Requirements include extensive experience with practical ecological work and a strong track record (relative to opportunity) with respect to publications and the acquisition of third-party funding. The professorial position will be filled in accordance with pay grade W2/W3 (university professor).

Formal requirements according to § 25 of the Lower Saxony Higher Education Act (NHG) are: a university degree relevant to the open position for example in ecology or environmental science or others; a doctoral degree in ecology and related fields; experience and aptitude in teaching; an ability to engage in independent academic research, as demonstrated by the outstanding quality of your dissertation as well as additional academic achievements obtained (e.g. in the course of being an assistant professor, during your postdoctoral lecturer qualification or habilitation in Germany).

At Leuphana you will find an academic community that is open for many different perspectives and cultivates dialogue among different disciplines as well as between research and practice. With spirit and initiative, we address the challenges facing civil society in the 21st century. Pursuing our idea of liberal education, our students are enabled to think, question and act upon it. Our professors foster the awareness of gender and diversity aspects in teaching as well as research.

For further information, please contact the Dean of the Faculty Prof. Dr. Henrik von Wehrden ( or the deputy head of the Institute of Ecology Prof. Dr. Vicky Temperton (

Leuphana University is an equal opportunities employer and encourages applications from women, disabled persons, and people from other minorities who will be given priority consideration if as equally qualified as other applicants.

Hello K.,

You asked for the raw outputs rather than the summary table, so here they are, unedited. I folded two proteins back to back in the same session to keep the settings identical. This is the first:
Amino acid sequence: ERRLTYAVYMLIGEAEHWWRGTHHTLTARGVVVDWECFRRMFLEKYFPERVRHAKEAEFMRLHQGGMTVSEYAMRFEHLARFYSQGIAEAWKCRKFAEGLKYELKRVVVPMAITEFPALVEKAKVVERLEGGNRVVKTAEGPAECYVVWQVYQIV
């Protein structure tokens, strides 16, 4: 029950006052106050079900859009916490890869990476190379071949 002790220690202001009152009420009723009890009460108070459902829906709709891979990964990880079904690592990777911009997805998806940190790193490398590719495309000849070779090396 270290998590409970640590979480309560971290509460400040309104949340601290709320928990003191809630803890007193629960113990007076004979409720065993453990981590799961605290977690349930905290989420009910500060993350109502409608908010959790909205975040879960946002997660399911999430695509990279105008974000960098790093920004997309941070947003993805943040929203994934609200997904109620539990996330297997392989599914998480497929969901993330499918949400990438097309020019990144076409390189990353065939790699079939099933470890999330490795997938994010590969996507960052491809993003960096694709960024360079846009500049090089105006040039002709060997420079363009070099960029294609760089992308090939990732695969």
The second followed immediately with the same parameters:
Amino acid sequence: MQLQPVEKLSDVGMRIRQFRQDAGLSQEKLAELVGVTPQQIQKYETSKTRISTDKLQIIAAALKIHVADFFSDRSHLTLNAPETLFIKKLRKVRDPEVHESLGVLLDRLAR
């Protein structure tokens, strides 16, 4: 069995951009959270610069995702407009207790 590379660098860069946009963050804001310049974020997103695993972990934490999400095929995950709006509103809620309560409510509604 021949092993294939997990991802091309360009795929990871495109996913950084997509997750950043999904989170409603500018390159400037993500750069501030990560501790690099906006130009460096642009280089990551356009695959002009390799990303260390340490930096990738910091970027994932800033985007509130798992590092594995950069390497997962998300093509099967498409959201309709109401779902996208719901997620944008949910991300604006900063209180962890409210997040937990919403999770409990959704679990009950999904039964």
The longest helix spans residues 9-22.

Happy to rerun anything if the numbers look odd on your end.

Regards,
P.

Please submit your application consisting of the following materials in two separate PDF files: a) motivation letter, CV, full publication list, full credentials and contact details of two academic referees, copies of academic degrees and b) five key relevant publications (combined as one pdf). Guidance on the required application materials can be found here.

Please submit your application by September 19, 2021, using the keyword Ecology, preferably electronically to or to the President of Leuphana University of Lüneburg, Post Box 2440, 21314 Lüneburg, Germany. Please be aware that we cannot return applications sent physically.

The complete call for applications is available for download here.

By submitting your application, you consent to your data being stored and processed for the purpose of the recruitment process. Please note our Data Protection Notice for Applicants (in English or in German).

Calcareous Grasslands: Local and Landscape Biodiversity Responses and Conservation Implications


Land use change has been a major problem since the 20th century due to its contributions to biodiversity loss, as well as landscape fragmentation and degradation. These land use changes are often through agricultural intensification or abandonment, especially in calcareous grasslands (those on thin basic soil, such as chalk or limestone, with short and hardy vegetation – see image below). Due to calcareous grasslands having a high biodiversity and species richness, but also facing a severe decline due to fragmentation and land use change, conservation here is desperately needed. Therefore Loos et al. (2021) explored the local and landscape effects of calcareous grassland fragmentation on different taxonomic groups, and especially their diversity patterns, in order to understand the effects on different scales and identify future conservation options.